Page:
These exemplify one of the book's biggest problems, which - to be fair - is not necessarily the authors' fault. It has achieved the status of a kind of sacred text, with all of the problems that result. People become blind to the internal inconsistencies within the text, it gets quoted with the kind of self-righteous zeal characteristic to "true believers" and to similar ends. Instead of stimulating thoughtful discussion, S & W is wielded as a weapon to end it. Which might not be so terrible if the advice it contains were not so vague, idiosyncratic and frequently inconsistent. Probably the most infuriating aspect of writing our book was my co-author's continual invocation of Strunk and White as the final arbiter. One can only wonder by whose authority these two gentlemen were anointed God.
In a cunning marketing gimmick, the latest edition of Strunk and White has been jazzed up by including illustrations by Maira Kalman. Ms Kalman is a delightful artist, whose work elsewhere I greatly admire. But she really should have said no to this particular project. Her illustrations are occasionally pretty, sometimes baffling, but generally pointless. They add no particular insight, though some readers may find them a welcome distraction from the barked eccentricities of the book's two main authors.
I found this book to be a great disappointment. Don't get me wrong - there's nothing I find healthier than a little myth-debunking. So I was predisposI found this book to be a great disappointment. Don't get me wrong - there's nothing I find healthier than a little myth-debunking. So I was predisposed to like this collection of 21 essays, edited by Bauer and Trudgill.
Each chapter takes a particular 'language myth' and then argues against the validity of the myth, some more convincingly than others. (Having tried to learn both Russian and Spanish as foreign languages, I think it's fair to say that the statement "Some languages are harder than others" is not a myth). The quality of the contributions is somewhat variable, though most are quite readable. This accessibility to readers who may not necessarily have any formal exposure to linguistics is the book's main strength, in my view.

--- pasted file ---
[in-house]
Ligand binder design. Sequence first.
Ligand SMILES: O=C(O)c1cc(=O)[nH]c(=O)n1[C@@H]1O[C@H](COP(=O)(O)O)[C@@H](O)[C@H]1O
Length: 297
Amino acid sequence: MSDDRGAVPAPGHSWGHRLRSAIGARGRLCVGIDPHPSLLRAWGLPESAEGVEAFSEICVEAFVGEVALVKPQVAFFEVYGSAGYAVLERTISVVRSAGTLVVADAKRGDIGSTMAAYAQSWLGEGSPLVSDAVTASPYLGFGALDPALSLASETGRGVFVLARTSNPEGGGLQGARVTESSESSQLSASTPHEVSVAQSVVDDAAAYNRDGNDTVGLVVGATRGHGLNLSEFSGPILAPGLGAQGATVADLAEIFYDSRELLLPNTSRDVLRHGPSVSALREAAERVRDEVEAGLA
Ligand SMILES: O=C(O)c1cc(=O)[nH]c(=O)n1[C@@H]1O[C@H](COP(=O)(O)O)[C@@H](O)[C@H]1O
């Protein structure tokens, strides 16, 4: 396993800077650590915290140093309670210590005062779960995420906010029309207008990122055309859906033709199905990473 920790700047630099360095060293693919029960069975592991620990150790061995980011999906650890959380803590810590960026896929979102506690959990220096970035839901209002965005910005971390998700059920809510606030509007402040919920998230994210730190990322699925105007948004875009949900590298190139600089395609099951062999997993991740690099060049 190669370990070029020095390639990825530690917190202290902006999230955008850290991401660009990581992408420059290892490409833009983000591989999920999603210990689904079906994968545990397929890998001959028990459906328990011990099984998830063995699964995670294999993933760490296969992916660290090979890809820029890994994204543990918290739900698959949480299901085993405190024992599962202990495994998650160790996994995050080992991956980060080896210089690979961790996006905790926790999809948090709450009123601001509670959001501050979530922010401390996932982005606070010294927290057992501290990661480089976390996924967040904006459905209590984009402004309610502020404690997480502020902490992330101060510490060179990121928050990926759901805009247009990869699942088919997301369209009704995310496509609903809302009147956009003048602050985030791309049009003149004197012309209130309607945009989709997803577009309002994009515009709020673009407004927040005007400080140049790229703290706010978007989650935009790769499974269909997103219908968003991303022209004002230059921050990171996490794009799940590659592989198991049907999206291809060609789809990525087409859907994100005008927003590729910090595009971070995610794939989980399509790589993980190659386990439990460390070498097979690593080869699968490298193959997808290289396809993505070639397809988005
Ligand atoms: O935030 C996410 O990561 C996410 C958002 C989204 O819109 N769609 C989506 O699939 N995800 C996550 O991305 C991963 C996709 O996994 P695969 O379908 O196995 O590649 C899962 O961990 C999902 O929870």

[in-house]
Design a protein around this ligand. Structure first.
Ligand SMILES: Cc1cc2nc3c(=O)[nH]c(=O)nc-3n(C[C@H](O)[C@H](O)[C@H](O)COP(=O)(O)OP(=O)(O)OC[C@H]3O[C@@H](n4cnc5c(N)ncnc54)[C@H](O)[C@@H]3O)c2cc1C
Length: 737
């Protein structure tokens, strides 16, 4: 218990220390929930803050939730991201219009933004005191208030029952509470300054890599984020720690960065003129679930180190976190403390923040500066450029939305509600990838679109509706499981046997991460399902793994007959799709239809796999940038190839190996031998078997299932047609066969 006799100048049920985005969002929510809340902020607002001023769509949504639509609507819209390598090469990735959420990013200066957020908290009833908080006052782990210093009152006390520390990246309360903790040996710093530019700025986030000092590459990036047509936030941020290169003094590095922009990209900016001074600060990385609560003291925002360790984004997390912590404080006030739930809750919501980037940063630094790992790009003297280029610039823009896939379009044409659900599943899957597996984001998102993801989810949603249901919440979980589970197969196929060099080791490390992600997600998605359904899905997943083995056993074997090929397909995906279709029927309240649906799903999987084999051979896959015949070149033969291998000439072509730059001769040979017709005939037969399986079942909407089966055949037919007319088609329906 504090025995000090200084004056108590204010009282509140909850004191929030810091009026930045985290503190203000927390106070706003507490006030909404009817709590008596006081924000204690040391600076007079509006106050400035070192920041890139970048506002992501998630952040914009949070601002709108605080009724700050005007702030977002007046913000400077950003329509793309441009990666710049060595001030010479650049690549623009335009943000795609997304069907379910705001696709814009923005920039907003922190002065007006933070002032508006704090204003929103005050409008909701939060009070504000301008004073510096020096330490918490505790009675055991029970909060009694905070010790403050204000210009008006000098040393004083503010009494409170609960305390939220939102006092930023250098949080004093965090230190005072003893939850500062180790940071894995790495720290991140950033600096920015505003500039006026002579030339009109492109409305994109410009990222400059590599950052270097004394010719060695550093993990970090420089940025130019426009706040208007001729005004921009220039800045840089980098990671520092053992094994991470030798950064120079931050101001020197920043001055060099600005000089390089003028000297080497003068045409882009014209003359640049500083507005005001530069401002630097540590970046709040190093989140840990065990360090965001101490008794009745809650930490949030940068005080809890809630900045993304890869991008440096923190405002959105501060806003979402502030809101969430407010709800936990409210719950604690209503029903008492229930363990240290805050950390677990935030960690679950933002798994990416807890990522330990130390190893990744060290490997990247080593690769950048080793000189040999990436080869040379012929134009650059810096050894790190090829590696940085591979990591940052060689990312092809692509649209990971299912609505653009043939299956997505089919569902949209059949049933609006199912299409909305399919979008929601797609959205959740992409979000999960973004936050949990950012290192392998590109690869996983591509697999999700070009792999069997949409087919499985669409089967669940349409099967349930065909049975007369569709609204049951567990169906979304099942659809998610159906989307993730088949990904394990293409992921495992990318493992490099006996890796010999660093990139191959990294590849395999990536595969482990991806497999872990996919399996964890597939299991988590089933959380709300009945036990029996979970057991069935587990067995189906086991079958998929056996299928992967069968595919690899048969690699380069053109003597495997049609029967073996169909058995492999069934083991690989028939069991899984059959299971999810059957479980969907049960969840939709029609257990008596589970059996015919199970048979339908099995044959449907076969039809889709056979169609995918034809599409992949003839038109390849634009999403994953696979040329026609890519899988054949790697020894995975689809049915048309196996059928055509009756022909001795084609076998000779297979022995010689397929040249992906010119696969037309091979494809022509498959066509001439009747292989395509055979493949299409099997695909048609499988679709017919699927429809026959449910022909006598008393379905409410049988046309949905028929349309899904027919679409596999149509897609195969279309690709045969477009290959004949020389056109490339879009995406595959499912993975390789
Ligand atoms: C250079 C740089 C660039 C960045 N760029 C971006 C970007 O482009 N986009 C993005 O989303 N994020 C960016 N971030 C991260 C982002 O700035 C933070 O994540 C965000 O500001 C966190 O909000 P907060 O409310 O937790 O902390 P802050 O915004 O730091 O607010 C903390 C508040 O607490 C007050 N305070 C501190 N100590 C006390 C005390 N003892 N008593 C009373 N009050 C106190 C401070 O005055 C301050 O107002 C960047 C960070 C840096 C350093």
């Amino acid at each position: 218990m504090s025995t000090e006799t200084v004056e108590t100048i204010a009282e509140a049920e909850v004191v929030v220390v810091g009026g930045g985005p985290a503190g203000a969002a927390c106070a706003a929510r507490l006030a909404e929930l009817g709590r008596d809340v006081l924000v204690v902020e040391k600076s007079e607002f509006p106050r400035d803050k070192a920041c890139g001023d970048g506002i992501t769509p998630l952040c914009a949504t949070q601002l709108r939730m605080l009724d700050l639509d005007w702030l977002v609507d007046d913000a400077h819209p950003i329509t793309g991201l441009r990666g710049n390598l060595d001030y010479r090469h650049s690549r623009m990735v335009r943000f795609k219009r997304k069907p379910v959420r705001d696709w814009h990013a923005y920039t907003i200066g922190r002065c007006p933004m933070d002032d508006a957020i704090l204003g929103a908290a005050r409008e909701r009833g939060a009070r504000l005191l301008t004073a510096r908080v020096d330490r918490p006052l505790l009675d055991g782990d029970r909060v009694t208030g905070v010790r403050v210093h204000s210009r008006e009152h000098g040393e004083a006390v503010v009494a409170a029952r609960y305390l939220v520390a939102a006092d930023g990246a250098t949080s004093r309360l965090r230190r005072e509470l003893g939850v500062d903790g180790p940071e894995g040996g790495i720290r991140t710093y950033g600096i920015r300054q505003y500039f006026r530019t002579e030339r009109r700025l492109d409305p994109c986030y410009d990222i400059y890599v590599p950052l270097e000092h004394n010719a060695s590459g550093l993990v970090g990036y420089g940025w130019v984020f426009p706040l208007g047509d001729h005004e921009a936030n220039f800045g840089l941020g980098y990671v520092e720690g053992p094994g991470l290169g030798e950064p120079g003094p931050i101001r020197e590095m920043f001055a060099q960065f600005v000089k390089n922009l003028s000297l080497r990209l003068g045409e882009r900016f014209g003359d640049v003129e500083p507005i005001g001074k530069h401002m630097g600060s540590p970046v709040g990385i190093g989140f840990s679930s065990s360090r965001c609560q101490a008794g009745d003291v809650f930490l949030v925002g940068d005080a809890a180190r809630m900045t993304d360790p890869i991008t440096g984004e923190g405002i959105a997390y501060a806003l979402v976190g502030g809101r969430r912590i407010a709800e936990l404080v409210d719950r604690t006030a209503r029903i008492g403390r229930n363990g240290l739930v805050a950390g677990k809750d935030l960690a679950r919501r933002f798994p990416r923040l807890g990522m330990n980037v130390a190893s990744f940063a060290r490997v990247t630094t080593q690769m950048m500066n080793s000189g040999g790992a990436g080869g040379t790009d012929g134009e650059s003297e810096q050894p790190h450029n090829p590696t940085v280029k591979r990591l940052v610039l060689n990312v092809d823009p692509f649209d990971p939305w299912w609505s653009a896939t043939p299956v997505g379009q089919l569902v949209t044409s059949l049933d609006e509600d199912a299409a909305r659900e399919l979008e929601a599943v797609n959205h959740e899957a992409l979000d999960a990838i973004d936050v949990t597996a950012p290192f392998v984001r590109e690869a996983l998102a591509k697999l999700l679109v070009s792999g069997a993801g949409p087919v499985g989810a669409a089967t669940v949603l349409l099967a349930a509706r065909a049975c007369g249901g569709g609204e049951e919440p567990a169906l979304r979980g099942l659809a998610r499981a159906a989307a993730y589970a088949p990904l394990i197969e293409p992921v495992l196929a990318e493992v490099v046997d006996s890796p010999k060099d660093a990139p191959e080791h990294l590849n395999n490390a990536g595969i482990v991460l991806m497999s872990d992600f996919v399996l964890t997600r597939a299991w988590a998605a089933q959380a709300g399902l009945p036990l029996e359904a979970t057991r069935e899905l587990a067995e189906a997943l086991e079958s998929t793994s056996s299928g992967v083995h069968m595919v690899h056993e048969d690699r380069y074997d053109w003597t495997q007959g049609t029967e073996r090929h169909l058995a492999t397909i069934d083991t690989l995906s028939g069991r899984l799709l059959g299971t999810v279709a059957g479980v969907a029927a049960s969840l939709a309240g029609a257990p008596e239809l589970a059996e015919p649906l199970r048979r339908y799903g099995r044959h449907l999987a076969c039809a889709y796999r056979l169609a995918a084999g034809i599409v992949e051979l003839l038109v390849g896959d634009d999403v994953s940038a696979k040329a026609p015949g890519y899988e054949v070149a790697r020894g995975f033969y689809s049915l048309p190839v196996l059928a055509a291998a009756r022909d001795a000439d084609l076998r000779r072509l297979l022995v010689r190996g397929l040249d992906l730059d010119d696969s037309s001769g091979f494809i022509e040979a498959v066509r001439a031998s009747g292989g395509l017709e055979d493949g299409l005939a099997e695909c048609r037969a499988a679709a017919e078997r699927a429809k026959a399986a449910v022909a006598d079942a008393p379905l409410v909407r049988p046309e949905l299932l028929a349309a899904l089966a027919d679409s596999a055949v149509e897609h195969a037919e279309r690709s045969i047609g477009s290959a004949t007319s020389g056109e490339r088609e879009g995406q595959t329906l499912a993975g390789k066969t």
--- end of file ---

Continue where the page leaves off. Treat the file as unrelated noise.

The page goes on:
The reason for my disappointment is that, for almost half the chapters, I found the stated myth to be a straw man, which made those chapters not particularly interesting to read. There were two common problems - in some cases, the wording of the myth was so non-specific as to be meaningless, another common flaw was that the myth was worded in a very extreme fashion, essentially presenting a straw man for the author to demolish.
For instance, myth 1 "The meanings of words should not be allowed to vary or change" is couched in such absolute terms that anyone expressing even slight disagreement is automatically made to seem unreasonable. Or take the example "bad grammar is slovenly". The author appears to interpret "bad" grammar to mean anything that deviates, even slightly, from some highly codified set of rules. The acknowledgement that one can communicate clearly, without ambiguity, without sticking to the letter of the law each and every time, is hardly startling, That said, there are some deviations from the rules which are not helpful, because they induce an avoidable ambiguity. This type of bad grammar is indeed slovenly. By arguing against a strawman of questionable relevance, an opportunity is lost to explore the question in a more nuanced fashion.
Other allegedly widespread myths whose prevalence I found questionable were "Some languages are just not good enough" (what does this even mean?), "French is a logical language", "Women talk too much" (are these people serious?), "Some languages have no grammar" (does anyone over the age of 10 seriously believe this for an instant?), "You shouldn't say 'It is me'" (why single out this particular example?), "Everyone has an accent except me", "They speak really bad English down South and in New York City", "In the Appalachians they speak like Shakespeare" (even if one tries to take this seriously, the inevitable question rises unbidden: "how would anyone know?")
I might have liked the book better if it had eschewed the "mythbusting" device, the effect of which was to polarize arguments unnecessarily, and instead had just explored the questions raised in a less artificially polemic manner. ...more
This "book from the site" is hilarious, informative, and entertaining. I highly recommend it.
*boyzilian (noun): the male equivalent of the bikini wax *floordrobe (noun): A pile of discarded clothes on the floor of a person's room. *carbage (noun): the accumulated garbage, papers, and other assorted detritus that litters one's car after a road trip. ...more